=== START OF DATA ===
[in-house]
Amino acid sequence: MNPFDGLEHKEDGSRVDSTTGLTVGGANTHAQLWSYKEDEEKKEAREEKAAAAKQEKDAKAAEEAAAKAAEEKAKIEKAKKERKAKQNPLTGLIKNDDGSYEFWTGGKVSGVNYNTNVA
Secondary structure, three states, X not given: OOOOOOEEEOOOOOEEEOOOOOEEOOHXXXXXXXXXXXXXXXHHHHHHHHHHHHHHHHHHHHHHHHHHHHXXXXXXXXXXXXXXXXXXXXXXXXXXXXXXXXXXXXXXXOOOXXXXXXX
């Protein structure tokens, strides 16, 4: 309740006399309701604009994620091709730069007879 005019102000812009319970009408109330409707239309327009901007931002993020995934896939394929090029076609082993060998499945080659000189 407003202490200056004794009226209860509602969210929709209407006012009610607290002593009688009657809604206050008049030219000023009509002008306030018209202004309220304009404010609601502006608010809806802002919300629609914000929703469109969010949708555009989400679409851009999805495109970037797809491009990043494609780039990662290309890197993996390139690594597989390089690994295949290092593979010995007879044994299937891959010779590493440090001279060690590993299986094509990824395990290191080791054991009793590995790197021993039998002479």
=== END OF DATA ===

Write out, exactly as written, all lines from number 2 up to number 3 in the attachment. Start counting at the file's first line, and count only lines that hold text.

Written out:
Amino acid sequence: MNPFDGLEHKEDGSRVDSTTGLTVGGANTHAQLWSYKEDEEKKEAREEKAAAAKQEKDAKAAEEAAAKAAEEKAKIEKAKKERKAKQNPLTGLIKNDDGSYEFWTGGKVSGVNYNTNVA
Secondary structure, three states, X not given: OOOOOOEEEOOOOOEEEOOOOOEEOOHXXXXXXXXXXXXXXXHHHHHHHHHHHHHHHHHHHHHHHHHHHHXXXXXXXXXXXXXXXXXXXXXXXXXXXXXXXXXXXXXXXOOOXXXXXXX